# Gate-Level Minimization

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Gate-Level Minimization
Mantıksal Tasarım – BBM231 M. Önder Efe

Complexity of Digital Circuits
Directly related to the complexity of the algebraic expression we use to build the circuit. Truth table may lead to different implementations Question: which one to use? Optimization techniques of algebraic expressions So far, ad hoc. Need more systematic (algorithmic) way Quine-McCluskey Karnaugh (K-) map technique Espresso

Quine-McCluskey Method
F(x1,x2,x3,x4)=S 2,4,6,8,9,10,12,13,15 mi x1 x2 x3 x4 2 1 4 8 6 9 10 12 13 15

Quine-McCluskey Method
List 1 List 2 List 3 mi x1 x2 x3 x4 2 1 ok 2,6 - 8,9,12,13 4 2,10 8,12,9,13 8 4,6 Finished 6 4,12 9 8,9 10 8,10 12 8,12 13 9,13 15 12,13 13,15

Quine-McCluskey Method
List 1 List 2 List 3 mi x1 x2 x3 x4 2,6 - 1  t2 8,9,12,13 2,10  t3 4,6 t4  Finished 4,12 t5  8,10  t6 13,15 t7  t1

Quine-McCluskey Method
2 4 6 8 9 10 12 13 15 t1 X t2 t3 t4 t5 t6 t7 2 4 6 10 t2 X t3 t4 t5 t5 is a subset of t4 t6 t6 is a subset of t3 F(x1,x2,x3,x4)=t1+t7+t3+t4 =x1x3’ + x1x2x4 + x2’x3x4’ + x1’x2x4’

Two-Variable K-Map Two variables: x and y 4 minterms: m0 = x’y’  00
1 m0 m1 m2 m3 y x 1 x’y’ x’y xy’ xy

Example: Two-Variable K-Map
y x 1 F = m0 + m1 + m2 = x’y’ + x’y + xy’ F = … F = x’ + y’ We can do the same optimization by combining adjacent cells.

Three-Variable K-Map yz x 00 01 11 10 m0 m1 m3 m2 1 m4 m5 m7 m6 Adjacent squares: they differ by only one variable, which is primed in one square and not primed in the other m2  m6 , m3  m7 m2  m0 , m6  m4

Example: Three-Variable K-Map
F1(x, y, z) =  (2, 3, 4, 5) 1 10 11 01 00 yz x 1 1 1 1 F1(x, y, z) = F2(x, y, z) =  (3, 4, 6, 7) yz x 00 01 11 10 1 F1(x, y, z) =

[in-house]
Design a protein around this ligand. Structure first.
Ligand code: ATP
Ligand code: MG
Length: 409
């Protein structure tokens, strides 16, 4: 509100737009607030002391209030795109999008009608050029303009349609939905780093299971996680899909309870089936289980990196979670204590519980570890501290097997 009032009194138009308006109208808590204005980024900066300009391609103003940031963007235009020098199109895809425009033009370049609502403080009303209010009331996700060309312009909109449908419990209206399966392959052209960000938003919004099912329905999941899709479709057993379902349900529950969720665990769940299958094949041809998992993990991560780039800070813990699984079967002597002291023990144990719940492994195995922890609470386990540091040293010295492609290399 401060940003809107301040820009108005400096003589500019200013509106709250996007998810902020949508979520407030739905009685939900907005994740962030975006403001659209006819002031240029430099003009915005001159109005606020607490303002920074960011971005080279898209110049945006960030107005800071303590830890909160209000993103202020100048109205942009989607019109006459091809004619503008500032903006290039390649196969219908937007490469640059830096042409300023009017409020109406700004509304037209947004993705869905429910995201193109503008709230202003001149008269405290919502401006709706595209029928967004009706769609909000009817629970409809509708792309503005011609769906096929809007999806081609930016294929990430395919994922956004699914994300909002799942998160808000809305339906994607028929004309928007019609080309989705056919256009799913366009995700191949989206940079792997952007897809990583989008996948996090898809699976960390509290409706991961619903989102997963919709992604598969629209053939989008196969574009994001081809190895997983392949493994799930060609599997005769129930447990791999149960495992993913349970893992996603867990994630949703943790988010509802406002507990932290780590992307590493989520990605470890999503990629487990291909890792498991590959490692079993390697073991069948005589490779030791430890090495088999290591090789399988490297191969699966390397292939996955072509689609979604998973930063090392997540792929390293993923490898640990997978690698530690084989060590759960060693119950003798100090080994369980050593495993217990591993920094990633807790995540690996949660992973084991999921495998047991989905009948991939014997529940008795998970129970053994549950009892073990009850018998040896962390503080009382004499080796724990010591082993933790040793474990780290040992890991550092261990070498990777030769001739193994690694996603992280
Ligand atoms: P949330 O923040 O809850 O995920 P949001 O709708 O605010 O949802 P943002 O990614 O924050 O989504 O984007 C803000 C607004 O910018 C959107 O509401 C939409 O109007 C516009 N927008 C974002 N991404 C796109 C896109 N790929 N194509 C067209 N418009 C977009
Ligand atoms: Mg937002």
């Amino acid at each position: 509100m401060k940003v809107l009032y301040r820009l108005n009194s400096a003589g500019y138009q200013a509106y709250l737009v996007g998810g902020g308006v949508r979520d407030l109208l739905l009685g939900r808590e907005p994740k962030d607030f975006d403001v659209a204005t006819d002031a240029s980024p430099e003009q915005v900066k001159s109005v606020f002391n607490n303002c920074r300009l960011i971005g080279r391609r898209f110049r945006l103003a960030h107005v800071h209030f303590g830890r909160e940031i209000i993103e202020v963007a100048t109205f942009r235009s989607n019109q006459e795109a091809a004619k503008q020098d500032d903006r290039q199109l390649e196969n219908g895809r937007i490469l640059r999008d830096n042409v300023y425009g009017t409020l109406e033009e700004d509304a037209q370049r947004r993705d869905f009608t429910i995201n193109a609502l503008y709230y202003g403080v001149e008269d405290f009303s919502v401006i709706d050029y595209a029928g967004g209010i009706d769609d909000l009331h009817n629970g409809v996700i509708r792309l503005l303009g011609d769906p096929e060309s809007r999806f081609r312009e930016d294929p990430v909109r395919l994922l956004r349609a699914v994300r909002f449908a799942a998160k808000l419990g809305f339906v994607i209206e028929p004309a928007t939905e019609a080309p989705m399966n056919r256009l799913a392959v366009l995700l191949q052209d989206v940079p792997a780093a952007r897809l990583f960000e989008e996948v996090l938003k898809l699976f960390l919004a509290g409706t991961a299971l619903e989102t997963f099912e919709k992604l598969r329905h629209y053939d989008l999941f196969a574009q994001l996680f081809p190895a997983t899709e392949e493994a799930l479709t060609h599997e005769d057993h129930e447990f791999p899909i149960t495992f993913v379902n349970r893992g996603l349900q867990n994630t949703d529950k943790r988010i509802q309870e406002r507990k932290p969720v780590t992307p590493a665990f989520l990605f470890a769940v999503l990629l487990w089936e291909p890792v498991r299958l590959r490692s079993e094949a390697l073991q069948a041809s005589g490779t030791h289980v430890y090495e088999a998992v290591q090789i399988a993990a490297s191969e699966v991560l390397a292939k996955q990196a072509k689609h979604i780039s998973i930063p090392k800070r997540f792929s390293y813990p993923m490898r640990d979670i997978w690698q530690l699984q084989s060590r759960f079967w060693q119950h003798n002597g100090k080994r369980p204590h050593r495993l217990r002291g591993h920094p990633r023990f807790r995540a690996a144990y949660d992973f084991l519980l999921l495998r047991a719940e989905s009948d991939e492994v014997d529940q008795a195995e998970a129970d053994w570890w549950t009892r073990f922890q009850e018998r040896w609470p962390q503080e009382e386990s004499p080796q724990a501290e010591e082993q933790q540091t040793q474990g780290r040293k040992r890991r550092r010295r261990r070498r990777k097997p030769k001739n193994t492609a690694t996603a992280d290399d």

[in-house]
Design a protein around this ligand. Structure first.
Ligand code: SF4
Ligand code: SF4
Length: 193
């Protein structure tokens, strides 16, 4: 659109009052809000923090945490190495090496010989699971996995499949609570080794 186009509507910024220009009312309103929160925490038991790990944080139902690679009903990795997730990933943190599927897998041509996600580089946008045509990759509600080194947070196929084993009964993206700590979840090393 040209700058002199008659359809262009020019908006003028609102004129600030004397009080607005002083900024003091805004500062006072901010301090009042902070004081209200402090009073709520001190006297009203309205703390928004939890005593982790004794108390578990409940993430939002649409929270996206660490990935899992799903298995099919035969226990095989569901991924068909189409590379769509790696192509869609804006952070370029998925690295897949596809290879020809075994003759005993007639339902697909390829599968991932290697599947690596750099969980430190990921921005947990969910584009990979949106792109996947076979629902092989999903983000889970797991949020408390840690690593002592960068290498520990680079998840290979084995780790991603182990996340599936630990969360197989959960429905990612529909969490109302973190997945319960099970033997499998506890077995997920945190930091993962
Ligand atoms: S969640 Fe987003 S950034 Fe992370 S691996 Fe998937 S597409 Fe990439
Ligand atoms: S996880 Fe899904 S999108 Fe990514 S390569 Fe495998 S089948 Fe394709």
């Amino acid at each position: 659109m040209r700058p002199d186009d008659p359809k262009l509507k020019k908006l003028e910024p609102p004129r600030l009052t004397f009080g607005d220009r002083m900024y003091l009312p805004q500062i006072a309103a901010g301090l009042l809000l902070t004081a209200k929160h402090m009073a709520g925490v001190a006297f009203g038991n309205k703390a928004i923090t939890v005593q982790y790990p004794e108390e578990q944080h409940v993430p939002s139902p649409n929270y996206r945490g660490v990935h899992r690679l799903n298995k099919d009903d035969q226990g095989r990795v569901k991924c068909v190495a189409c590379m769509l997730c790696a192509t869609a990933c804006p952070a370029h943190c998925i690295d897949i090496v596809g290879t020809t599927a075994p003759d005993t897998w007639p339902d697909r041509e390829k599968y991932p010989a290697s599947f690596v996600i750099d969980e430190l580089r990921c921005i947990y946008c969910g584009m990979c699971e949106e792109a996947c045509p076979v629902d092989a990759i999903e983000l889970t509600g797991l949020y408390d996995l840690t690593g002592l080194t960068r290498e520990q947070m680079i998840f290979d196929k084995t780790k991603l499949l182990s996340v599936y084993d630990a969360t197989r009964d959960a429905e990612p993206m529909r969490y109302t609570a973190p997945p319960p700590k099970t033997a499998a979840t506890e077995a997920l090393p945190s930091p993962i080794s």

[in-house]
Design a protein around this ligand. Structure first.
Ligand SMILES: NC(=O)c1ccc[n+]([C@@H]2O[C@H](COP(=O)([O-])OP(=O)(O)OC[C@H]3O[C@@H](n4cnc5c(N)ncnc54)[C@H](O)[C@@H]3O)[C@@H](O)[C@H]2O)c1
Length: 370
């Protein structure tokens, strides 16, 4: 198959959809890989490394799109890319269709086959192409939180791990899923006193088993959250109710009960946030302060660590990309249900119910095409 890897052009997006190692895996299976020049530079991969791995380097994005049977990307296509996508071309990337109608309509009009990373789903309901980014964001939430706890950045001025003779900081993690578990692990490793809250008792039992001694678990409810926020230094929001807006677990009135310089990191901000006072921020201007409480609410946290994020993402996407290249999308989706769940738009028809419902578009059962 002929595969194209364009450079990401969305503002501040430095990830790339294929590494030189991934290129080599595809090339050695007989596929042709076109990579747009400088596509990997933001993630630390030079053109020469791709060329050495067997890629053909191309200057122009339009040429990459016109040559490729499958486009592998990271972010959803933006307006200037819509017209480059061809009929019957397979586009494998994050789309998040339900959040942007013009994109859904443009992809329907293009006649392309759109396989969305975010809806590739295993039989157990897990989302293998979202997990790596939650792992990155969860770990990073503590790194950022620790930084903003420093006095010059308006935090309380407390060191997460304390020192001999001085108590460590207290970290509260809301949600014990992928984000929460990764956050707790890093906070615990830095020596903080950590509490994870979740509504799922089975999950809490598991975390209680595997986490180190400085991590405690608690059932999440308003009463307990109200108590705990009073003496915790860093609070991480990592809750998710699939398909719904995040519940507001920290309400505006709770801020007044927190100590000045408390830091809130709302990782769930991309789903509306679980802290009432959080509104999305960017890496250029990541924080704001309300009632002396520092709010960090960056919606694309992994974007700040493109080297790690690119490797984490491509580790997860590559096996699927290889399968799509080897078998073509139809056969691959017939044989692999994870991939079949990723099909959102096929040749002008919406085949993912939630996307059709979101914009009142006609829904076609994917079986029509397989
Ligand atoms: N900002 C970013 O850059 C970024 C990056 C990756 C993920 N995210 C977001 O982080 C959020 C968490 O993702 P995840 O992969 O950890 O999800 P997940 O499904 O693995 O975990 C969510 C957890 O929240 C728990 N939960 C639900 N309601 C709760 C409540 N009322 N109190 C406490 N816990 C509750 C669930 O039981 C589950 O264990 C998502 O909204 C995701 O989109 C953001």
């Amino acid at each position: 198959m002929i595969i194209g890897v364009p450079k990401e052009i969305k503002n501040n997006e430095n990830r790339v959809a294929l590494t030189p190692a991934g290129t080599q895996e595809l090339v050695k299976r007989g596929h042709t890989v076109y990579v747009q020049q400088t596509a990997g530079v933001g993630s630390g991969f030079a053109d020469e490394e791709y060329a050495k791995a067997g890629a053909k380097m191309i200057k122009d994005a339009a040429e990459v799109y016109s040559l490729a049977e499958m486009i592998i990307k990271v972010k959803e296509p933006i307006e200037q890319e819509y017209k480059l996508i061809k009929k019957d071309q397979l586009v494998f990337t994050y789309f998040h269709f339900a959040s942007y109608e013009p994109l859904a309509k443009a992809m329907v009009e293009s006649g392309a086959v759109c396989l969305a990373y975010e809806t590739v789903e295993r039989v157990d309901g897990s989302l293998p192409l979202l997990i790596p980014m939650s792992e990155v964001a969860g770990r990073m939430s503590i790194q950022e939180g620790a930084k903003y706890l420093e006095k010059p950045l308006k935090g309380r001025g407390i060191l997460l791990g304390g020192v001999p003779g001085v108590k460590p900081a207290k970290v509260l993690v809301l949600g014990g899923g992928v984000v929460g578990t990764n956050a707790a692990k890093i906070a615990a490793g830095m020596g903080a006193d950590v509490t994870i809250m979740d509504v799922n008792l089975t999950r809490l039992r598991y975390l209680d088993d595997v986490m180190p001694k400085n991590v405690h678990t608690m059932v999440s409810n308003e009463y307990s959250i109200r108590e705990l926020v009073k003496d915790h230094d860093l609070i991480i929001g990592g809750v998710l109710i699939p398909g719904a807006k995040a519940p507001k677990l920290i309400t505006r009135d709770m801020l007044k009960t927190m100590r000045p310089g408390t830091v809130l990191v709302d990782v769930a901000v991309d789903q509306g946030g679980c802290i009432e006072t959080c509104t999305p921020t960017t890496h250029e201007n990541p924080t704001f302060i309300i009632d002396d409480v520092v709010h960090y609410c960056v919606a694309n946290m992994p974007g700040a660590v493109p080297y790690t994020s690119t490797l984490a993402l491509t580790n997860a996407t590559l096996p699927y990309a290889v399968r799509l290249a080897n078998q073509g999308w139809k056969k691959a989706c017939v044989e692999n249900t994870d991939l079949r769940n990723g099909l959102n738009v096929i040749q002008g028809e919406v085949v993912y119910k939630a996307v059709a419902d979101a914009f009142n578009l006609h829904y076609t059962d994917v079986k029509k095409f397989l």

Example: Three-Variable K-Map
F1(x, y, z) =  (2, 3, 4, 5) 1 10 11 01 00 yz x 1 1 1 1 F1(x, y, z) = xy’ + x’y F2(x, y, z) =  (3, 4, 6, 7) yz x 00 01 11 10 1 F1(x, y, z) = xz’ + yz

Three Variable Karnaugh Maps
One square represents one minterm with three literals Two adjacent squares represent a term with two literals Four adjacent squares represent a term with one literal Eight adjacent squares produce a function that is always equal to 1.

Example F1(x, y, z) =  (0, 2, 4, 5, 6) y 1 10 11 01 00 yz x 1 1 x 1 1
10 11 01 00 yz x 1 1 x 1 1 1 z F1(x, y, z) =

Example F1(x, y, z) =  (0, 2, 4, 5, 6) y 1 10 11 01 00 yz x 1 1 x 1 1
10 11 01 00 yz x 1 1 x 1 1 1 z F1(x, y, z) =

Finding Sum of Minterms
If a function is not expressed in sum of minterms form, it is possible to get it using K-maps Example: F(x, y, z) = x’z + x’y + xy’z + yz 1 10 11 01 00 yz x F(x, y, z) = x’y’z + x’yz + x’yz’ + xy’z + xyz F(x, y, z) =

Four-Variable K-Map Four variables: x, y, z, t 4 literals 16 minterms
00 01 11 10 m0 m1 m3 m2 m4 m5 m7 m6 m12 m13 m15 m14 m8 m9 m11 m10 y x t

Example: Four-Variable K-Map
F(x,y,z,t) =  (0, 1, 2, 4, 5, 6, 8, 9, 12, 13, 14) 10 11 01 00 zt xy 1 F(x,y,z,t) =